THE perception that beef in Australia is expensive has been laid bare in rather novel research conducted by online catering company Caterwings on the global price of basic food items.
Australia is way down at number 17 in the ranking of countries with the most expensive meat.
Our beef prices sit at just 13.5 per cent above the world average, our chicken at 44.2pc, seafood only 2pc and lamb 28.8.
Switzerland has the highest meat prices at 141.9pc more expensive than the worldwide average, followed by Norway at 63.7pc and Hong Kong at 61pc.
The Ukraine has the least expensive meat prices at 52.3pc below the average, closely followed by Malaysia.
The London-based Caterwings invested in the meat consumer insights, involving more than 50 countries, as preliminary research ahead of their expansion in foreign markets.
The company said the findings confirmed that not only does the price of meat vary massively from country to country but there was also an enormous disparity in its accessibility for people.
In an interesting twist, Caterwings calculated the relative number of hours a person on minimum wage must work to buy meat in their country.
Australians have to work just 1.5 hours to afford beef.
Indonesians have to work 23.6 for the same size serving.
For seafood in Australia, it’s also 1.5 hours, slightly less than lamb at 1.7 hours and more than chicken at just 0.6.
Indians on minimum wage need to work 10.5 hours to buy the same amount of chicken.
Australians have the highest meat consumption at 111.5 kilograms per person per annum.
Prominent Sydney meat retailer Craig Cook, who has 19 butcher shops under the Prime Quality Meats and The Natural Butcher name, said the Australian consumer had taken beef for granted for a long time.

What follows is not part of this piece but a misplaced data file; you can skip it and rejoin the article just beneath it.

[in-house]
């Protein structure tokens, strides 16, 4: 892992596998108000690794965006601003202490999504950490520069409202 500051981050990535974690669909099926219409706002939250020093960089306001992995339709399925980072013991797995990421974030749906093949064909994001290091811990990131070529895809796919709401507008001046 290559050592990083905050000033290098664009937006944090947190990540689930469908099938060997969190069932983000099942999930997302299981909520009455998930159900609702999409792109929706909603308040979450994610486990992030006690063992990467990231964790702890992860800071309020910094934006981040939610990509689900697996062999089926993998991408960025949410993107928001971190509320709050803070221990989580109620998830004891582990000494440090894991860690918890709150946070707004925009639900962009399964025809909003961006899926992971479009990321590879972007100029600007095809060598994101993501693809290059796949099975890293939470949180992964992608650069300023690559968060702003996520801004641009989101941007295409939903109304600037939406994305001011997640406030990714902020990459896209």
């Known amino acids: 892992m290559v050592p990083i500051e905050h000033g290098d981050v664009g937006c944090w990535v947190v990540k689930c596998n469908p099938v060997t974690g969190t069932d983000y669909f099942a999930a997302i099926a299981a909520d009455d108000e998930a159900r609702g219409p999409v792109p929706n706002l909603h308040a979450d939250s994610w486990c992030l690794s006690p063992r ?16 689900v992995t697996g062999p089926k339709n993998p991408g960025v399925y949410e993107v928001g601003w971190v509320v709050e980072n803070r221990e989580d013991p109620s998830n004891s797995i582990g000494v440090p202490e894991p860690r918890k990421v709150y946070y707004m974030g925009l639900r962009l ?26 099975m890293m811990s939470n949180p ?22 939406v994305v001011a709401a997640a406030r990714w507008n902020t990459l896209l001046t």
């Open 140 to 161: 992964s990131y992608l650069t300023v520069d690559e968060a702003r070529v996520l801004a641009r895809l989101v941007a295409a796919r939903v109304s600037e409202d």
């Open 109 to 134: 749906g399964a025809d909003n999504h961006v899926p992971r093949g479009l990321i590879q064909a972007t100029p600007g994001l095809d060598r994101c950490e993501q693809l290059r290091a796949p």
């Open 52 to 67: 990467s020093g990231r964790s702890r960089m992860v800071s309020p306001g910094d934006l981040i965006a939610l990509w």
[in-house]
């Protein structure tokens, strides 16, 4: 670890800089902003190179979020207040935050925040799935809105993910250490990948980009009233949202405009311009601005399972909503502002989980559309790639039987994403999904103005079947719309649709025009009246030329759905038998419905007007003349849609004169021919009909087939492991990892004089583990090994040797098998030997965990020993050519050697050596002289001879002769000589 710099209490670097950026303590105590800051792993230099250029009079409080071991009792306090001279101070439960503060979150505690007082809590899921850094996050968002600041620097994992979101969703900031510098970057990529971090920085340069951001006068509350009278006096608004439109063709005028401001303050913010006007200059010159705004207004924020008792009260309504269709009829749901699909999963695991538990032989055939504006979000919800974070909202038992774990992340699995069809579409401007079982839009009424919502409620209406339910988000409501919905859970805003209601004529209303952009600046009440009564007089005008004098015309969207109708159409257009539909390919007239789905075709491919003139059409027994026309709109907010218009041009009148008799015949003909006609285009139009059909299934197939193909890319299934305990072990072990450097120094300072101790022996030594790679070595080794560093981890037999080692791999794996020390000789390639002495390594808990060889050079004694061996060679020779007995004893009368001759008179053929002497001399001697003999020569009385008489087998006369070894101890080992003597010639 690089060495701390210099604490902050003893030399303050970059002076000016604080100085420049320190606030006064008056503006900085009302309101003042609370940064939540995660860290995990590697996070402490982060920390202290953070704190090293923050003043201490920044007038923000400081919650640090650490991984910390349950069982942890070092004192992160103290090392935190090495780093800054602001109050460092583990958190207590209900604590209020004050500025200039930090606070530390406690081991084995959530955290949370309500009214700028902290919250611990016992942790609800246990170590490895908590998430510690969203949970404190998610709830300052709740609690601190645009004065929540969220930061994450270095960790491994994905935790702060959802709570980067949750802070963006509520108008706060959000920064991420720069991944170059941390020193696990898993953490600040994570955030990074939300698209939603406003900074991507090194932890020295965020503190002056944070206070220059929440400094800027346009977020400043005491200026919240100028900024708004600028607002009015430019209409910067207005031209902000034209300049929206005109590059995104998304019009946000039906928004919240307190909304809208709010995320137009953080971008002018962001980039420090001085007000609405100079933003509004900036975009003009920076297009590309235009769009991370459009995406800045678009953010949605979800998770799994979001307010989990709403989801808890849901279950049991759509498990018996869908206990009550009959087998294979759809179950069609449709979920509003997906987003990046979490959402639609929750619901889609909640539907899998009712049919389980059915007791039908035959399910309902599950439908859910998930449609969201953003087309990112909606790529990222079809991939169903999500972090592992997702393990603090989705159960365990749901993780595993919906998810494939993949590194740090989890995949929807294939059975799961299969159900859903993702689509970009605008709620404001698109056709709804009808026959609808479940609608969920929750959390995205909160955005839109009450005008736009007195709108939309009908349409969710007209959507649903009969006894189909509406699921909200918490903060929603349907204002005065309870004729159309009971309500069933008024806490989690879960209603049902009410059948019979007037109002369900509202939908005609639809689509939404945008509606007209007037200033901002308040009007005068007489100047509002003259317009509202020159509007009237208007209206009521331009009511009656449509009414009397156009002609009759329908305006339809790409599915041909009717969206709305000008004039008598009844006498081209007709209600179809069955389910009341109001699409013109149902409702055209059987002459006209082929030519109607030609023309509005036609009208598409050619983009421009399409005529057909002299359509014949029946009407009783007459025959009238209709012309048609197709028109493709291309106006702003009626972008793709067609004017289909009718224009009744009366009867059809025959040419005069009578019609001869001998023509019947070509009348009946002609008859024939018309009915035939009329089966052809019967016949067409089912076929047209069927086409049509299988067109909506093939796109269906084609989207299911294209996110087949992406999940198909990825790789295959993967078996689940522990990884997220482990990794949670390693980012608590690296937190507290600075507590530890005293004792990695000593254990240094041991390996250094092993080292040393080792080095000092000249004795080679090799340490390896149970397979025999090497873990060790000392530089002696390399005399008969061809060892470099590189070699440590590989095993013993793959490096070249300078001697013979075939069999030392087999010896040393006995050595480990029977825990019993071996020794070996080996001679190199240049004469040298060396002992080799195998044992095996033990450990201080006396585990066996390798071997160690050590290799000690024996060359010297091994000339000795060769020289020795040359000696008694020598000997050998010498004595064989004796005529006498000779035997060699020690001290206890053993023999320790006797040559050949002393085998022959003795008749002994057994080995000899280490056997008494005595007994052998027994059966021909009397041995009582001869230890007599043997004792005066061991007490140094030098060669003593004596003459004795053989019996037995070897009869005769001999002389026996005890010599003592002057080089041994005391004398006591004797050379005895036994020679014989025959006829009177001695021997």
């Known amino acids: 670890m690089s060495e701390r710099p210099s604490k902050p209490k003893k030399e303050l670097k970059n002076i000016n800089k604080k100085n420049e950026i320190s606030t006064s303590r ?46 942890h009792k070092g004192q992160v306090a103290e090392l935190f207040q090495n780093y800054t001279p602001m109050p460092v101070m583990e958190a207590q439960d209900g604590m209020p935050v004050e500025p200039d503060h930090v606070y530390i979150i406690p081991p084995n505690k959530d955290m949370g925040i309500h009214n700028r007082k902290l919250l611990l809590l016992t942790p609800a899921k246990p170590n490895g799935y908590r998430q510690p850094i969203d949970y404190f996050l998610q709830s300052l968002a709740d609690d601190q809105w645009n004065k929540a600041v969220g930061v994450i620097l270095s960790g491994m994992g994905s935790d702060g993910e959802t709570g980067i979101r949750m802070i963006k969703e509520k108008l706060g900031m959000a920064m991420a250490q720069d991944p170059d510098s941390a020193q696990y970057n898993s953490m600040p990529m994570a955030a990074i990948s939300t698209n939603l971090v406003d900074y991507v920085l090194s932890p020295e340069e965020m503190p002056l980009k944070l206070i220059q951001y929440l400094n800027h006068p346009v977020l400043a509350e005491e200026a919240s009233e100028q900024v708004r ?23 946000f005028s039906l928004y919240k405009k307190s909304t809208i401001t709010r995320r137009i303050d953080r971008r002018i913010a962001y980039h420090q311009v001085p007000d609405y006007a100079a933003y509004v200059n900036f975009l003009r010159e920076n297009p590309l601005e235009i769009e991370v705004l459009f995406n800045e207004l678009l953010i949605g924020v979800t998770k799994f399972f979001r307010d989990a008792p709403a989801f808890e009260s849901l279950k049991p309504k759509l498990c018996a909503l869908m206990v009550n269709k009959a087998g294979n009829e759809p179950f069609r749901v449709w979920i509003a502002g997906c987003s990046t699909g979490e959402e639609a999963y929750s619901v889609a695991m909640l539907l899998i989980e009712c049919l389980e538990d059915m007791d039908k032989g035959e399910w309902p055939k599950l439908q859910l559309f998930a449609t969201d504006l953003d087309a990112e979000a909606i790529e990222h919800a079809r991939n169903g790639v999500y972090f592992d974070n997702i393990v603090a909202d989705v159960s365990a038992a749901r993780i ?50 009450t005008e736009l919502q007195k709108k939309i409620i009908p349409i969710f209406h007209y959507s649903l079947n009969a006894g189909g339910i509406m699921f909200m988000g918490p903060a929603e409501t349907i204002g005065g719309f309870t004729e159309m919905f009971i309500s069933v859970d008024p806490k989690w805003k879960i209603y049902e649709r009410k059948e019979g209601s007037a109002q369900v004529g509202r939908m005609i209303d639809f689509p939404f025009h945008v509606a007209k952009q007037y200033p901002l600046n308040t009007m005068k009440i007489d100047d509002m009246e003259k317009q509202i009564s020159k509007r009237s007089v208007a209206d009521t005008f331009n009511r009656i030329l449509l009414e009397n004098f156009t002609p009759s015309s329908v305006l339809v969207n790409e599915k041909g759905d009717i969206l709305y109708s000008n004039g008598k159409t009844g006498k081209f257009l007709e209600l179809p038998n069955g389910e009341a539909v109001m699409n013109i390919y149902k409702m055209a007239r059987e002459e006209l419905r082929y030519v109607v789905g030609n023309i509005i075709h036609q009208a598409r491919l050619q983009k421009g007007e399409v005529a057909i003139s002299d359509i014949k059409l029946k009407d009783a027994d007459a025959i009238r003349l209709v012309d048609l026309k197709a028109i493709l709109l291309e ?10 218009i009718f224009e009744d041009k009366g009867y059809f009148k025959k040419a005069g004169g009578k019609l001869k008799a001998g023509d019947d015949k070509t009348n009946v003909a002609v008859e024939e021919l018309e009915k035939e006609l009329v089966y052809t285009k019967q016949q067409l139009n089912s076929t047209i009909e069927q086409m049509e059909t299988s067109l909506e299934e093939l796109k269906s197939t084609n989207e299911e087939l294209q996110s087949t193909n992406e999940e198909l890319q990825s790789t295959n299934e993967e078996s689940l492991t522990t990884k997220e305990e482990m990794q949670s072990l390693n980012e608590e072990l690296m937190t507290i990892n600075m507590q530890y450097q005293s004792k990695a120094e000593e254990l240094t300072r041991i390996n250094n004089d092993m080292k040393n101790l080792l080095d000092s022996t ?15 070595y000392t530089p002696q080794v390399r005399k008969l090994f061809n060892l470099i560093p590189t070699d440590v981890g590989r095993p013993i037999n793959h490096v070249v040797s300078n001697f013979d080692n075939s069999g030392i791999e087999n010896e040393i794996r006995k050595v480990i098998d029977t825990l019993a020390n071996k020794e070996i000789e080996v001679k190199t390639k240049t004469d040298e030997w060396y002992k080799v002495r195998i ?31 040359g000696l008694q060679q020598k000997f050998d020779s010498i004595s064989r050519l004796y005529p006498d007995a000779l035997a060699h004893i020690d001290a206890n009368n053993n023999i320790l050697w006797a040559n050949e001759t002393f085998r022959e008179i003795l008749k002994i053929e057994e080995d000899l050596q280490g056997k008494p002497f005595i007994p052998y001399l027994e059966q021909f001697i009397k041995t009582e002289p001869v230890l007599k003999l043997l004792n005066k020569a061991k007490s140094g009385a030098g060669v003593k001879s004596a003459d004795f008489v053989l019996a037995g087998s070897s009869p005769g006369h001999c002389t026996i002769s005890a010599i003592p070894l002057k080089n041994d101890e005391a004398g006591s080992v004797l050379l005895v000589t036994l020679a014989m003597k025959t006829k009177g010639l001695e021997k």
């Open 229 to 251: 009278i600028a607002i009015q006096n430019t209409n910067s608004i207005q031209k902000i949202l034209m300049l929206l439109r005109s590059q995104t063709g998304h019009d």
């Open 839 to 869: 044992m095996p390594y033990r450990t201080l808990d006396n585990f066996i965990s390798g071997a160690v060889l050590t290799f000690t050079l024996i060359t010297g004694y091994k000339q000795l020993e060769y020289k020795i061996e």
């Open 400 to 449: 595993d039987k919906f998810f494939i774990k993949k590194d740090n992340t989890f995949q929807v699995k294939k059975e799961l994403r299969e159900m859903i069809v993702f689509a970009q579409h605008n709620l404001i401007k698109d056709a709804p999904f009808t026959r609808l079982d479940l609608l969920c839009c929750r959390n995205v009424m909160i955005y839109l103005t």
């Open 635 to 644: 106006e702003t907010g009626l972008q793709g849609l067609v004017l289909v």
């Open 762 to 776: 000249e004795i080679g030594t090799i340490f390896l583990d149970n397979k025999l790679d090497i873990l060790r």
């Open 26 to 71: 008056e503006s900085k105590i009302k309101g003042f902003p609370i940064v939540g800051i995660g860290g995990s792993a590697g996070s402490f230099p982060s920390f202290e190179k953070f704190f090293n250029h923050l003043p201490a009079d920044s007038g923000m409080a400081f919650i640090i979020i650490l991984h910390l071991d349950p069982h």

“The quality and the volumes we have access to, at the price, is incredible, compared to what’s sold around the world, particularly in grassfed” he said.
“Typically the type of rump Australians pay $20/kg for is around $40 overseas.
“I’ve seen Wagyu for sale in Japan at the equivalent of $500 a kilogram Australian money. It really is only for the very affluent and rich.”
With retail beef prices lifting in the past two years on the back of short cattle supply, Australians have had to crunch the numbers more and look closely at value, Mr Cook said.
“Beef is still coming up trumps,” he said.
“It ticks so many boxes which makes it very good value, even in the higher price range.
“Nutrition, ease of use, versatility, status, its entrenchment in our culture, its status and of course its quality.”
Indeed, nutritionist Nicole Senior says beef is "excellent nutritional bang for your buck".
"It's a nutrient-dense food - one of the best sources of bio-available iron. It provides vitamin B12 and the most long chain omega-3 fats in our diets after fish," she said.
Red meat provides 30 per cent of iron and half the zinc requirements in typical Australian diets, she said.
Meat and Livestock Australia reports the latest Australian Bureau of Statistics figures show that while beef still dominates the protein landscape, red meat accounted for 63pc of total Australian meat production in 2016-17, well below the 87pc recorded during the height of herd liquidation in 1977-78.
For the full results of the Caterwings research see https://www.caterwings.co.uk/caterers/2017-meat-price-index-usd/